When the watch is wound and running, the skull’s eyes reveal unexpected life in the form of the rapidly oscillating balance wheel visible through the figure’s left eye and the slowly releasing mainspring seen through the right eye – two additional reminders of the passage of precious time. And while you’re checking that out in the photo below, be sure to take a few of those precious seconds to appreciate the beautiful blued hands!
When the wearer goes from bright light into darkness, the Petit Skull continues to delight with an eerie display provided courtesy of the filled Super-LumiNova elements I mentioned earlier. When you first look at the watch in daylight there is so much going on visually that the presence of these luminous elements isn’t obvious; it was a treat for me to hear MrsG ooh and aah when she took her first look at this piece in a darkened room.
A quick flip of the watch to the other side provides an unobstructed view of the balance along with much of the remainder of the open Soprod M100 skeletonized movement through a cleverly shaped sapphire crystal window. This window evokes the shape of the skull and also gives us a clear view of the carved and lacquered weight driving the automatic winding system.
The element of surprise
MrsG was of course not entirely oblivious to the fact that a Petit Skull might find its way onto her wrist at some point; in addition to waiting for a suitable moment to present the piece, thanks to Fiona and Michael Krüger I also had the opportunity to provide a bit of a surprise with an assortment of beautiful, colored, quick-change straps.
But how to choose the colors? The source of inspiration was right in front of me: it struck me to take and send photos of some of the colorful clothes in MrsG’s closet and some of her favorite Native American jewelry pieces. The Krügers handled the rest.
Do I have any criticisms of this watch? Doesn’t matter – it’s not mine! As far as MrsG goes, I don’t think she’d mind a bit of that luminous treatment somewhere on the watch’s hands, but the bottom line is that she loves wearing the watch, checking it out while it’s on her wrist, and showing it off to friends.
Is it for you – or for someone you love?
I’ve voted with my wallet, but would I recommend it for you? I’d say yes if:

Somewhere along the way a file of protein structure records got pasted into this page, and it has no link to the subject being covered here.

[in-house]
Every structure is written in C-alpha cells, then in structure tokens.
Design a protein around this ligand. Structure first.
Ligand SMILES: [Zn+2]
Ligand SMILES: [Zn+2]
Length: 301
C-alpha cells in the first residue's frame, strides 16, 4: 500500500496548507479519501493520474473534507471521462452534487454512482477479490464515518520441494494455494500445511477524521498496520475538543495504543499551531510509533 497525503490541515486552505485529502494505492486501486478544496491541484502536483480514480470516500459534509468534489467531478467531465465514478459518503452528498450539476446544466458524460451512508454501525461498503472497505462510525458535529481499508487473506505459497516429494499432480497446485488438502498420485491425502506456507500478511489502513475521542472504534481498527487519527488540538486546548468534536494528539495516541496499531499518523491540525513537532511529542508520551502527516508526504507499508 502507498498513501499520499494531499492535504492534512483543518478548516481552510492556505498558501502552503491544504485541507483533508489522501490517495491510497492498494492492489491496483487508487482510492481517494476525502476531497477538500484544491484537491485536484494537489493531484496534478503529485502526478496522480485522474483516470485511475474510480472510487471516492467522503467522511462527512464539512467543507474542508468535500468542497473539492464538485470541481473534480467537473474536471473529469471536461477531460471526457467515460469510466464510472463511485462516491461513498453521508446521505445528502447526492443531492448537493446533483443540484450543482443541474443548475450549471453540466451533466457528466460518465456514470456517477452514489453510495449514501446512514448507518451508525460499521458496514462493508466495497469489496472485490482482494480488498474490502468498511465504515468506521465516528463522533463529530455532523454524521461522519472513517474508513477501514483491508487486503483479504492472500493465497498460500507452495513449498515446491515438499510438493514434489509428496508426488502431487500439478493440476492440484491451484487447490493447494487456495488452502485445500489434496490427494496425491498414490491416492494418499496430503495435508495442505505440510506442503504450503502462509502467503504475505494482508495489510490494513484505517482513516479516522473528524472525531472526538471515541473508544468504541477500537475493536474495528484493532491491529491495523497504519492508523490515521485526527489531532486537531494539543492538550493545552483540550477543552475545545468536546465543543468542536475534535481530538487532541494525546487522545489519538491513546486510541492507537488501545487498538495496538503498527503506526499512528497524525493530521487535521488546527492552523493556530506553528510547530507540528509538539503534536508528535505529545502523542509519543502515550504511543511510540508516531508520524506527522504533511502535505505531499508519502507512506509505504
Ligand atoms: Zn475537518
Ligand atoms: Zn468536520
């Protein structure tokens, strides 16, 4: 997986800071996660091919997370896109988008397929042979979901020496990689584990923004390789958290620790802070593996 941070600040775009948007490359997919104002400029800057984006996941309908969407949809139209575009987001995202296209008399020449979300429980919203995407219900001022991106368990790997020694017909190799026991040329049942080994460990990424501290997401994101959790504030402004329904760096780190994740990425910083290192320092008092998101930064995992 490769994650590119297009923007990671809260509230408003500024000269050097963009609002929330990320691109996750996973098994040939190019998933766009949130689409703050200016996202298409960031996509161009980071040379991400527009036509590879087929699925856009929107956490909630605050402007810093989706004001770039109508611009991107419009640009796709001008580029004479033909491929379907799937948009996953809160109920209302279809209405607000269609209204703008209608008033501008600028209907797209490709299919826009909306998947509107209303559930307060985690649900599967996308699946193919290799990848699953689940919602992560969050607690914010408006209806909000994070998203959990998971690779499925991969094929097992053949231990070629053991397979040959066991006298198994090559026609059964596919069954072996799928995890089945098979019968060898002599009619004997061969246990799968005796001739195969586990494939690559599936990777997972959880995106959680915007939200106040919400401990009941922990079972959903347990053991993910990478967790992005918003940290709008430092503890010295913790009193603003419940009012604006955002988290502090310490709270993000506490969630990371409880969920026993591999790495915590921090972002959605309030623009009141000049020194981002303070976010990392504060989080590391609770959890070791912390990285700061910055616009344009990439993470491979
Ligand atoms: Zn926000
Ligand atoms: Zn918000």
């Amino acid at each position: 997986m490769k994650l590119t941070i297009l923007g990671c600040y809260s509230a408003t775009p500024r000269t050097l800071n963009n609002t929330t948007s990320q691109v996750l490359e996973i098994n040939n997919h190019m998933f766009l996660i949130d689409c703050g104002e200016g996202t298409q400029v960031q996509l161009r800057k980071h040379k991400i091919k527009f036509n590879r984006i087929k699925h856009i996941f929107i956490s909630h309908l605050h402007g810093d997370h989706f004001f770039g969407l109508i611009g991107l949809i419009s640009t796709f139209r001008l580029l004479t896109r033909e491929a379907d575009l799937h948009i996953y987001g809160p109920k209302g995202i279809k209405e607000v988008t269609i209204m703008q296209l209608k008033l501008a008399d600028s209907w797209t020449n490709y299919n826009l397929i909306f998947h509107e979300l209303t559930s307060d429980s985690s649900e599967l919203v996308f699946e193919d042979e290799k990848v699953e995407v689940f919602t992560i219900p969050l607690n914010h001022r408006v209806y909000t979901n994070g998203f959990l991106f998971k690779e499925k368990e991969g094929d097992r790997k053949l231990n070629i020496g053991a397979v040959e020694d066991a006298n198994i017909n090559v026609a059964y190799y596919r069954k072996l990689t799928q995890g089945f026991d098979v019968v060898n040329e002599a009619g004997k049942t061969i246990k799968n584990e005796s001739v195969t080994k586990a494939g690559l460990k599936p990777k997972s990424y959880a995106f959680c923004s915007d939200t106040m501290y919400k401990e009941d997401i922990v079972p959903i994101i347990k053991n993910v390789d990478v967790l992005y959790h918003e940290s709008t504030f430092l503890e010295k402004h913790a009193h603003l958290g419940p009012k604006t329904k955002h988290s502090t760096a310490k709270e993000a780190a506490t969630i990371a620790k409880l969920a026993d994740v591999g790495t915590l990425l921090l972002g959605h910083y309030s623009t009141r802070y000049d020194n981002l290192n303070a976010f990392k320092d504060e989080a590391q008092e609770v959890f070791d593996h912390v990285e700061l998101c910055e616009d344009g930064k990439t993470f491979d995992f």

- The potential owner has a love of color and a flair for style
- The idea of mindfulness of time has deep meaning to her or him
- The quality craftmanship speaks to you
Perhaps better to put your gift money elsewhere, though, if:
- The presentation of a watch as a gift will be greeted with a cold stare
- The prospective owner places more importance on movement pedigree and traditional finishing than on decorative features such as lacquering
- The person in question is much more “Rolex” than “indie” in personality and tastes
I’ll look forward to hearing your thoughts on this one in the comments section!
For more information, please visit www.fionakrugertimepieces.com/products/petit-skull-celebration-eternity.
Quick Facts Fiona Krüger Petit Skull (Celebration) Eternity
Case: stainless steel, 48 x 35 mm; lower lugs behind case back to accommodate smaller wrists; jeweled bezel with 7 colors of precious stones and diamonds; shaped rear sapphire crystal display window
Dial and hands: hand-decorated three-layer dial finished with hand polishing, PVD coating, and perlage, hand-painted lacquer and Super-LumiNova details; blued-steel hands
Movement: automatic Soprod M100 fully skeletonized and with custom components including the rotor, which has the same color treatment as the dial
Functions: hours, minutes
Limitation: 18 pieces
Retail price: CHF 22,500
Production years: 2017-present
You may also enjoy:
Fiona Krüger’s Celebration Skull: Life, Death, Mortality . . . And Watches
Fiona Krüger’s Unusual Petit Skull Watches Have Made Me A Fan
Fiona Krüger’s Vanitas Is A Skull Clock That Yawns To Indicate Becoming Tired And Needing More Energy
It’s Total Chaos! Fiona Krüger Presents Mechanical Entropy From The New Chaos Collection
Give Me Five! 5 Skulls Grinning From Behind The Crystal At Baselworld 2016 Featuring Speake-Marin, Hautlence, Edelberg, HYT, And Hublot
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Good idea for an article (any more to come in this series?) and quite thought-provoking. Thanks.
Thanks, Ian! Giving is a bit different than buying for one’s own tastes, to be sure — should there be more gifts of watches in the future I’ll certainly plan to write about them here!
What an interesting watch! At first glance I felt that it wasn’t my style, but the more I looked at it the more I liked and could appreciate it.
Finally, a bit of a pedantic note, but the correct name is Día de (los) Muertos. What you have written in the article (Día de los Muertes) means “Day of the Deaths” instead of “Day of the Dead” 🙂
Thanks for spotting the wrong Spanish – I have corrected it!
Hi Jakob — thanks for your comments! I’m particularly happy that you were able to take a deeper look at this piece — for me it was a learning process as well to get to love it once my wife really took to it.
Thanks also for the correction! I’ll blame either spell check or my failing mental faculties, but Muertos is of course the right usage.
All the best, Gary